“So you’re going to kill me too?” Taylor shouted.

The beating continued until he passed out, Taylor said. When he regained consciousness, his stepmother yelled at him to stop bleeding on the floor.

DCS finally interceded and got Taylor and his younger sister, to the house of some safe relatives, where his sister remains today.

From there, DCS placed Taylor with a couple the teenager met four times over Zoom.

They ain’t scared

Carrie and Jase DuRard, working at different health care companies, first met in 2007 through their mutual love of triatholon competitions. Jase already had two children, and when they got married five years later, they decided to not have more children.

But they kinda did.

Jase started mentoring young men who crossed his path who needed direction. One was the couple’s dog walker; another was a work colleague who ended up living with the DuRards for a while. Carrie DuRard wanted to do more.

“We had the space, the heart, the time, the desire,” she said. “We’d seen these young guys and our bio kids continue to flourish.”

So the DuRards became foster parents. Most placements were for just a few days or weeks.

Then their foster agency sent over information about Taylor Hart, who’d suffered so much abuse − but the DuRards weren’t intimidated. In fact, they were stunned that Taylor didn’t have more behavior issues.

“Taylor had all this trauma,” Jase DuRard said, “but he wasn’t stealing cars, or really acting act out all. We felt like we’re equipped to deal with this.

“We believe if you give a kid options and boundaries that are clear, if you show them you’re not going away no matter what they do, they will do the right thing.”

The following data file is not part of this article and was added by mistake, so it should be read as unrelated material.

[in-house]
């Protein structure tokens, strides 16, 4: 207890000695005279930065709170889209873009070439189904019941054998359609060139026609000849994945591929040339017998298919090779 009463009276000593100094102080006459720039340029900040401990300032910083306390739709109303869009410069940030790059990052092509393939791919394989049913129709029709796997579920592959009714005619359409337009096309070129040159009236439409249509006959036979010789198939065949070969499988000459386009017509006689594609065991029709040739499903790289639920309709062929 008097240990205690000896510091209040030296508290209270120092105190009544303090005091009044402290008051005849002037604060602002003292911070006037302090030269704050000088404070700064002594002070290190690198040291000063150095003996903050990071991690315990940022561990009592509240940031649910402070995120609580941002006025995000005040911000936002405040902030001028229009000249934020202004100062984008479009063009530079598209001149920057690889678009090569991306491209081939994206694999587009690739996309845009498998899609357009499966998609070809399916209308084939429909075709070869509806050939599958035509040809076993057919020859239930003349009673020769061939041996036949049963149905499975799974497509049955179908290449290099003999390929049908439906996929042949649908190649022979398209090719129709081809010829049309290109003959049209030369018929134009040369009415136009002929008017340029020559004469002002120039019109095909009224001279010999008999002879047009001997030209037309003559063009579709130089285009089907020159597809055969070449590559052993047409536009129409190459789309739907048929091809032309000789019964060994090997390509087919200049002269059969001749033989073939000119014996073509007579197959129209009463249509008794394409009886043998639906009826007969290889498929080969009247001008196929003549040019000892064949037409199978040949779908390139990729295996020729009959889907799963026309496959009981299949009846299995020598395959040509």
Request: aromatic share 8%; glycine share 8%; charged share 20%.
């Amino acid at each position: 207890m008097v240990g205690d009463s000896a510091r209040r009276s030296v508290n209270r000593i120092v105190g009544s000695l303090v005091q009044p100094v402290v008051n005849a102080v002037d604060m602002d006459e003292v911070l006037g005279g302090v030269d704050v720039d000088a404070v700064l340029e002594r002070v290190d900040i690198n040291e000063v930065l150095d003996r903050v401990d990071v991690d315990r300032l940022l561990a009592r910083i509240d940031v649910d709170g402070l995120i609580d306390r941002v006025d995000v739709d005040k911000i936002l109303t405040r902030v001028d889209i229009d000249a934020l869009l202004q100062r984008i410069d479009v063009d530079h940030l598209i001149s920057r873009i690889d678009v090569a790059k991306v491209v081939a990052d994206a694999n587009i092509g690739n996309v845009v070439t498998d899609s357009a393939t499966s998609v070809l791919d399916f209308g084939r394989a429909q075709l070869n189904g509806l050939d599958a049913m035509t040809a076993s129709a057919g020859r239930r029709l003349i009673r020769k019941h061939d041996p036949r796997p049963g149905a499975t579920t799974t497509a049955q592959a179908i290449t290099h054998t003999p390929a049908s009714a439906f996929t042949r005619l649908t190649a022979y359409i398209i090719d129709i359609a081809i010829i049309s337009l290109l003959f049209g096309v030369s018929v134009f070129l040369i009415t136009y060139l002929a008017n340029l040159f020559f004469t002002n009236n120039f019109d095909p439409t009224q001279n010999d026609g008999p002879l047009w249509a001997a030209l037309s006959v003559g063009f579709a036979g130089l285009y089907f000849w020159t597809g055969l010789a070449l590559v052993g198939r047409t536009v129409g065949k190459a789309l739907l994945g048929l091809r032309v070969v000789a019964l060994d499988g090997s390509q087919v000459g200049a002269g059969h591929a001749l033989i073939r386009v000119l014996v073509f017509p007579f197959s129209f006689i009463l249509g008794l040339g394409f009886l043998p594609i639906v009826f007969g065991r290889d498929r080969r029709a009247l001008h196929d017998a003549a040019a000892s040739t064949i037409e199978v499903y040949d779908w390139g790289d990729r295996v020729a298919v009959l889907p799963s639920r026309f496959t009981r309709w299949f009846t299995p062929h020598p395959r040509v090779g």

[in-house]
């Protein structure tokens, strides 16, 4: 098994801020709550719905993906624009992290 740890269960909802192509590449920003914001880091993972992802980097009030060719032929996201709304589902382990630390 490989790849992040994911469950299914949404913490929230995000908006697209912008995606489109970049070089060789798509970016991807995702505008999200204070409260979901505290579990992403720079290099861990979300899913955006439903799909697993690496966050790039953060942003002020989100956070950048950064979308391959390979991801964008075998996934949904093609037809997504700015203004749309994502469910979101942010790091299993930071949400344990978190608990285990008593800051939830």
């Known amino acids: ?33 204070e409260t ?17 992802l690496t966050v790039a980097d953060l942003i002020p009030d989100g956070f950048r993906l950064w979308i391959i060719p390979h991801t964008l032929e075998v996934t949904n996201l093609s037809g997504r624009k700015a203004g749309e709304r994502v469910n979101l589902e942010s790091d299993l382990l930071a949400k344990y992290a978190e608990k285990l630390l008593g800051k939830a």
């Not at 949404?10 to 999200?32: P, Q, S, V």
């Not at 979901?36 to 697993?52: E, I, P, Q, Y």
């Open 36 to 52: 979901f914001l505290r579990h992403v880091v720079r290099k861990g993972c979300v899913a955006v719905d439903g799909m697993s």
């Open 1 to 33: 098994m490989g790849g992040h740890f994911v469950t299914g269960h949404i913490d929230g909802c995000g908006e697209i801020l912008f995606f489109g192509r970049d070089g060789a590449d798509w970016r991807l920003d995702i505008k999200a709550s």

The first few months were tricky. Taylor brought in serious trust issues, and the DuRards consistently strived to be trustworthy.

There were some emotional breakdowns − Taylor started sobbing loudly one day and seemingly couldn’t stop.

“I’m holding him and repeating in his ear, ‘You’re safe, you’re here, you’re safe, you’re here,'” Jase DuRard said. “I repeated those dozens of times until he stopped shaking and stopped crying.”

Soon, Taylor started to have that trust.

“It’s good to know if there’s something I’ve done that’s not good, they still love me,” he said.

After two years, the DuRards asked Taylor to legally become part of their family. Though he loved them, Taylor asked himself some tough questions about that move. How do I stay connected to John? How do I stay connected to biological family members who are safe and loving?

The three of them worked through it together, and they gathered Nov. 1 in court to make it official.

Taylor is studying pre-law at Lipscomb University.

Next steps: Taylor, Carrie and Jase DuRard are just starting to build a nonprofit named for John, Johnathan’s Path, that will help foster teens succeed, especially when they age out of state custody at 18.

The DuRards hope to build a series of safe, loving group homes, hope to inspire many more adults to become foster parents, hope to build a network of supportive adults to help foster kids transition into adulthood.

“These kids don’t have someone to call when they break up with a girlfriend or boyfriend, or when they get fired,” Carrie DuRard said. “I’ll raise my hand every time. That’s what Johnathan’s Path does. We’ve got you anytime.”

Reach Brad Schmitt at or 615-259-8384 or on Twitter @bradschmitt.